a) administering to the mammal an effective amount of an underivatized, aqueous soluble β(1,3)-glucan in a triple helix conformation that is sufficient to cause the peripheral blood precursor cells to mobilize from hematopoietic organs into mammal's peripheral circulation, wherein the β(1,3)-glucan does not stimulate or prime the production of proinflammatory cytokines, in vitro or in vivo; and
b) isolating mobilized peripheral blood precursor cells from the peripheral circulation of the mammal to obtain a therapeutically effective level of said cells.
14. The method of claim 13, wherein the effective amount of the underivatized, aqueous soluble β(1,3)-glucan is administered in a single dose or a series of doses.
15. A method for obtaining a therapeutically effective level of ex vivo expanded cells from a population of peripheral blood precursor cells, comprising:
a) administering to the mammal an effective amount of an underivatized, aqueous soluble β(1,3)-glucan in a triple helix conformation that is sufficient to cause the peripheral blood precursor cells to mobilize from the hematopoietic organs into the mammal's peripheral circulation, wherein the β(1,3)-glucan does not stimulate or prime the production of proinflammatory cytokines, in vitro or in vivo;
b) isolating mobilized peripheral blood precursor cells from the peripheral circulation of the mammal; and
c) causing the isolated mobilized peripheral blood precursor cell population to expand to thereby obtain a therapeutically effective level of said cells.
16. The method of claim 15, wherein the effective amount of the underivatized, aqueous soluble β(1,3)-glucan is administered in a single dose or a series of doses.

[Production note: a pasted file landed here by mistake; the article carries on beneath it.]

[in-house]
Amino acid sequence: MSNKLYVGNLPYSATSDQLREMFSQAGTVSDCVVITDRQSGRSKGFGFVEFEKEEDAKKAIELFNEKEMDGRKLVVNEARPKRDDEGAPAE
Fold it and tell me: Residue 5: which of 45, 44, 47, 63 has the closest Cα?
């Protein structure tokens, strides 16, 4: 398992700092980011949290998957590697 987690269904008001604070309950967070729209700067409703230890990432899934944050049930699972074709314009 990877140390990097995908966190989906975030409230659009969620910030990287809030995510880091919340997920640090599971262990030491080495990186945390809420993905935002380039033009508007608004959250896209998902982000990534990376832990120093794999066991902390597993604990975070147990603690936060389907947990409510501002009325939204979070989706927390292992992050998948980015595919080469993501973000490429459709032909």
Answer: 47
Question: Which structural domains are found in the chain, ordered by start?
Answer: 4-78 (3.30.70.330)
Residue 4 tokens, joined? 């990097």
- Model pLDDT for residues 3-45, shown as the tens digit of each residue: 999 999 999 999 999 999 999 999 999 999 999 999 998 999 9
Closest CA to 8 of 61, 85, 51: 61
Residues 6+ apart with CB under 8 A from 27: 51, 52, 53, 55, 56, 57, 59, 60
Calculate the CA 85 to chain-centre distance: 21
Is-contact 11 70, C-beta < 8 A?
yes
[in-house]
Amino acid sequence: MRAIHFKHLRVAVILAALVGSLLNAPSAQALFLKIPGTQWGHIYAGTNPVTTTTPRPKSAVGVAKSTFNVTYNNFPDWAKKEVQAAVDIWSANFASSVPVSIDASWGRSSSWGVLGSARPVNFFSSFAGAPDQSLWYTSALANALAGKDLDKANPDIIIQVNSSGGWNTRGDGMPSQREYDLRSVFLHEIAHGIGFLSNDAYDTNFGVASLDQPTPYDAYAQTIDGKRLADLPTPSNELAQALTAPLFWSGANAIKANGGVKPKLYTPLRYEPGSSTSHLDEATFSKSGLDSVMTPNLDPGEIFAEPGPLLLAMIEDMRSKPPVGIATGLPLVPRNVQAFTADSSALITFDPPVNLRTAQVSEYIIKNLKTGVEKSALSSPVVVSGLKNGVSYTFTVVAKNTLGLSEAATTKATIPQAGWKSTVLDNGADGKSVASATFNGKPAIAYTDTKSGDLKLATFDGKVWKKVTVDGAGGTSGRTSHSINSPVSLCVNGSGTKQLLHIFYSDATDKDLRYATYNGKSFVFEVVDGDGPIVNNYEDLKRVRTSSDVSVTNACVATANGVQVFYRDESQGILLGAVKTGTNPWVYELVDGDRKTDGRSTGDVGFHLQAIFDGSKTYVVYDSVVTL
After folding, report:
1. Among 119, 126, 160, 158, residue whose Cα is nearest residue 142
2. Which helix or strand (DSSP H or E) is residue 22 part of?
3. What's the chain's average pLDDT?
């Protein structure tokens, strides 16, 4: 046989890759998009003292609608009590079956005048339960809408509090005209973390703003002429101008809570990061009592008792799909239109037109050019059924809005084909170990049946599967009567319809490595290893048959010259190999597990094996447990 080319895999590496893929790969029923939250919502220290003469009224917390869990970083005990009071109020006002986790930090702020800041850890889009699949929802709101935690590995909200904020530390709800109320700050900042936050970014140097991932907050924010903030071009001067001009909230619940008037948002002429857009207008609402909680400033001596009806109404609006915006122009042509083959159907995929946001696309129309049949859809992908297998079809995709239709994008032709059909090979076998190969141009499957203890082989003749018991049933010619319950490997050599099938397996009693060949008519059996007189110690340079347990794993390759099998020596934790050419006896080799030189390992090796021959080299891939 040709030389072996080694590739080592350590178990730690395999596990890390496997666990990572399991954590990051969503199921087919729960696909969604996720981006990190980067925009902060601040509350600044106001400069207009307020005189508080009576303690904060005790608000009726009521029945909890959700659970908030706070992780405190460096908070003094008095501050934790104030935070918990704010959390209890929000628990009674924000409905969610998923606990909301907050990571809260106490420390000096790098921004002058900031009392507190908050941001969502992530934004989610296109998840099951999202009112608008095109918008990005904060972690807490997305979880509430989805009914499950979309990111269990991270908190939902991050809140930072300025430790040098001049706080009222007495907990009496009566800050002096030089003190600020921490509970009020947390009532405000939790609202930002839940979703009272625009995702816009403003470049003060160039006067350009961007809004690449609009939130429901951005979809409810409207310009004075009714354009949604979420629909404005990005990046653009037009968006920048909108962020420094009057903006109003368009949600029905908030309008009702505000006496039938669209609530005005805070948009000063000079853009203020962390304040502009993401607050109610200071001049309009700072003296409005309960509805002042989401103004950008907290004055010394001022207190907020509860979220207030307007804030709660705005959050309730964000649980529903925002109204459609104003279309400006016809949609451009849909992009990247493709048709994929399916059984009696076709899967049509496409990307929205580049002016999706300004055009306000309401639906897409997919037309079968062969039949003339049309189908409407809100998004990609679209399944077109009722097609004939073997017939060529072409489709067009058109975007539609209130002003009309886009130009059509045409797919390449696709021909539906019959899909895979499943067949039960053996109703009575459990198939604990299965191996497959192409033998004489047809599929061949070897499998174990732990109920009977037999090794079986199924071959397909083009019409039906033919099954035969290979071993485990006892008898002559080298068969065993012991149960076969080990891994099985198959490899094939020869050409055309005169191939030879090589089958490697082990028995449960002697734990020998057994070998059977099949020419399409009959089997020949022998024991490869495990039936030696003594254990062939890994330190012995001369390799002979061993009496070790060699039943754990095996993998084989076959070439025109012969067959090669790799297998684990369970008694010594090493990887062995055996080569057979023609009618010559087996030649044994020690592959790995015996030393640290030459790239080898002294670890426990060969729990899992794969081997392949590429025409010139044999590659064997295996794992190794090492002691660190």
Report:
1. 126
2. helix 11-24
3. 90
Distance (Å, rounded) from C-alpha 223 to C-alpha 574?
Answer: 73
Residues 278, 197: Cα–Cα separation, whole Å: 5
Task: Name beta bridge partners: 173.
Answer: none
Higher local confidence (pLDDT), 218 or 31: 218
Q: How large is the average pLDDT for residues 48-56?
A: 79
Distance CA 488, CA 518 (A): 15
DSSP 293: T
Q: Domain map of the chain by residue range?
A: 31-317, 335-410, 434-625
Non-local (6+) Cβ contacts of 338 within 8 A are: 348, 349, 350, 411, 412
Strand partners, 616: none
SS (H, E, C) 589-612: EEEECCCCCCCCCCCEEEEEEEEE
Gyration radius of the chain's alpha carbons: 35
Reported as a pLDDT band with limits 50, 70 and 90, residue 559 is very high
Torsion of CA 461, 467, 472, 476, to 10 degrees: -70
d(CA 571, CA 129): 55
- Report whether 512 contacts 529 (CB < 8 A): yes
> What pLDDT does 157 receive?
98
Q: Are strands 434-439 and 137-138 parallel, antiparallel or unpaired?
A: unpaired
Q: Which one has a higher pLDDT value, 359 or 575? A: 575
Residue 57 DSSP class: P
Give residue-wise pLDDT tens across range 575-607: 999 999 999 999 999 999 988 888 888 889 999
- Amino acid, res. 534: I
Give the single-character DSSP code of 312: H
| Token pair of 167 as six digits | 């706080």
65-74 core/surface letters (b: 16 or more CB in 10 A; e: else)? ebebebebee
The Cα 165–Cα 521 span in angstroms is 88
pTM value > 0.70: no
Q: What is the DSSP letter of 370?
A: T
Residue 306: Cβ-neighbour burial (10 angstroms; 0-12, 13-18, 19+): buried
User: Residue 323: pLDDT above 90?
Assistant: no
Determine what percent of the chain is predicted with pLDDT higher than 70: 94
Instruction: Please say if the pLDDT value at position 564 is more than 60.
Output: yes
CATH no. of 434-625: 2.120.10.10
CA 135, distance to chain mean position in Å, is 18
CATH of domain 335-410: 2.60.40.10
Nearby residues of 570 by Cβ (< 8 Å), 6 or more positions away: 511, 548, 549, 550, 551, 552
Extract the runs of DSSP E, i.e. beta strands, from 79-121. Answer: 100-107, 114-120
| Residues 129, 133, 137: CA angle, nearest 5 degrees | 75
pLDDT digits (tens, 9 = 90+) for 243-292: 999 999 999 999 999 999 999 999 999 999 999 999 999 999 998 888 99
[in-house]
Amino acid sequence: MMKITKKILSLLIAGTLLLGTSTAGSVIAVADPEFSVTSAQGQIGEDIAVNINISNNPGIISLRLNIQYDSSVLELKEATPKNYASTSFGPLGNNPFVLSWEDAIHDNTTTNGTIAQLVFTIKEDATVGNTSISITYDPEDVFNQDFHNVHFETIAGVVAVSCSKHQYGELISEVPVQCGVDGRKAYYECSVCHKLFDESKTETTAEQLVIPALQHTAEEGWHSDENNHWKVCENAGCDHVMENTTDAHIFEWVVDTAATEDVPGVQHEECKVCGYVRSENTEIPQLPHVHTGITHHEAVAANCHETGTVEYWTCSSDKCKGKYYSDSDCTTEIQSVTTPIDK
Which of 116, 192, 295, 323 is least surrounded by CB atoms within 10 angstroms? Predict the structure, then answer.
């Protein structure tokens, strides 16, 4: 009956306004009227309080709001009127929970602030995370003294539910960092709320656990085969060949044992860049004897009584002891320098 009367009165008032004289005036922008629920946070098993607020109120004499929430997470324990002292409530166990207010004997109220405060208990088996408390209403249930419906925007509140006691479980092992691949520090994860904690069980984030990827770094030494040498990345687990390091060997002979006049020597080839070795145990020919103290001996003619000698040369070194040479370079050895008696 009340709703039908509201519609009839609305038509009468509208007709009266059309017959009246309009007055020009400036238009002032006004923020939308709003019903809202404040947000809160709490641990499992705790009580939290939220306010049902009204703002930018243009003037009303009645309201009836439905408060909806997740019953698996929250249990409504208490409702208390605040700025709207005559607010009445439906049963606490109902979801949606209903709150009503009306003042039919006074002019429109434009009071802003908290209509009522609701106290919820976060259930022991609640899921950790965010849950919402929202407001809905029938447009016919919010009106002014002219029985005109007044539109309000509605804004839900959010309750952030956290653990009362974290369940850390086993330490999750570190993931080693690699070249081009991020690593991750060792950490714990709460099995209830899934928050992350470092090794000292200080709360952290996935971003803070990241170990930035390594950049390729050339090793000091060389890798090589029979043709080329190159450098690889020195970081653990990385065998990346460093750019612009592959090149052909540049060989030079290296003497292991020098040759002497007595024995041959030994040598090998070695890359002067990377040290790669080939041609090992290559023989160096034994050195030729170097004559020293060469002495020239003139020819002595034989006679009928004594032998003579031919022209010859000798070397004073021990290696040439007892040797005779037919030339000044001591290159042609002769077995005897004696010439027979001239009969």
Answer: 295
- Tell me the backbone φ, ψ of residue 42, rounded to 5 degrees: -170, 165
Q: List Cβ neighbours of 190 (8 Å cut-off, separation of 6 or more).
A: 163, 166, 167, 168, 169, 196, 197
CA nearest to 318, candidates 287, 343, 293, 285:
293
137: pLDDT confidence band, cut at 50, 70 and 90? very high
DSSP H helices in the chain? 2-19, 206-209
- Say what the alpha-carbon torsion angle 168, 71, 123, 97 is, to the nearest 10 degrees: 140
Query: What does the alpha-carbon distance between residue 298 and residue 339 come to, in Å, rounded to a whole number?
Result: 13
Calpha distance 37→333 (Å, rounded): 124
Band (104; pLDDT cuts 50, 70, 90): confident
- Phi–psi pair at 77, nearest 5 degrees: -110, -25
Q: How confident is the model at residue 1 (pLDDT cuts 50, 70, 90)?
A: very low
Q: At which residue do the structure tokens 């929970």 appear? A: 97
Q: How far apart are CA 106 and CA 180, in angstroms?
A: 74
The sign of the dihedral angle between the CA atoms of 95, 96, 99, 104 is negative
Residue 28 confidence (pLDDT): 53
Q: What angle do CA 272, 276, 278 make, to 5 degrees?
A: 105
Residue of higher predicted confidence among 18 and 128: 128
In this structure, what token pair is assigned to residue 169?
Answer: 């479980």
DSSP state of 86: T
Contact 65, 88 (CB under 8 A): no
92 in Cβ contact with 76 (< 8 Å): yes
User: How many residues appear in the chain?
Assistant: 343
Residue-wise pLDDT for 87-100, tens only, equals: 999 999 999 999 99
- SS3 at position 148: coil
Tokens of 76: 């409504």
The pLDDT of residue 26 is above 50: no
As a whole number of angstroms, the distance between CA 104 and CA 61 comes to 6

17. A method for obtaining a therapeutically effective level of peripheral blood precursor cells, comprising:
a) administering to the mammal an effective amount of a growth factor which induces mobilization of peripheral blood precursor cells and an underivatized, aqueous soluble β(1,3)-glucan in a triple helix conformation that is sufficient to cause the peripheral blood precursor cells to mobilize from hematopoietic organs into the mammal's peripheral circulation, wherein the β(1,3)-glucan does not stimulate or prime the production of proinflammatory cytokines, in vitro or in vivo; and
b) isolating mobilized peripheral blood precursor cells from the peripheral circulation of the mammal to obtain a therapeutically effective level of said cells.
18. The method of claim 17, wherein the growth factor is administered prior to or concurrently with administering the β(1,3)-glucan.
19. The method of claim 18, wherein the growth factor is selected from the group consisting of G-CSF, GM-CSF, IL-3, GM-CSF/IL-3 fusion proteins, FLK-2/FLT-3 ligand, stem cell factor, IL-6, IL 11, TPO and combinations thereof.
20. A method for obtaining a therapeutically effective level of ex vivo expanded cells from a population of peripheral blood precursor cells, comprising:
a) administering to the mammal an effective amount of a growth factor which induces immobilization of peripheral blood precursor cells and an underivatized, aqueous soluble β(1,3)-glucan in a triple helix conformation that is sufficient to cause the peripheral blood precursor cells to mobilize from hematopoietic organs into the mammal's peripheral circulation, wherein the β(1,3)-glucan does not stimulate or prime the production of proinflammatory cytokines, in vitro or in vivo;
b) isolating mobilized peripheral blood precursor cells from the peripheral circulation of the mammal; and
c) causing the isolated mobilized peripheral blood precursor cell population to expand to thereby obtain a therapeutically effective level of said cells.
21. The method of claim 20, wherein the growth factor is administered prior to or concurrently with administering the β(1,3)-glucan.
22. The method of claim 21, wherein the growth factor is selected from the group consisting of G-CSF, GM-CSP, IL-3, GM-CSF/IL-3 fusion proteins, FLK-2/FLT-3 ligand, stein cell factor, IL-6, IL-11, TPO and combinations thereof.
Description
RELATED APPLICATION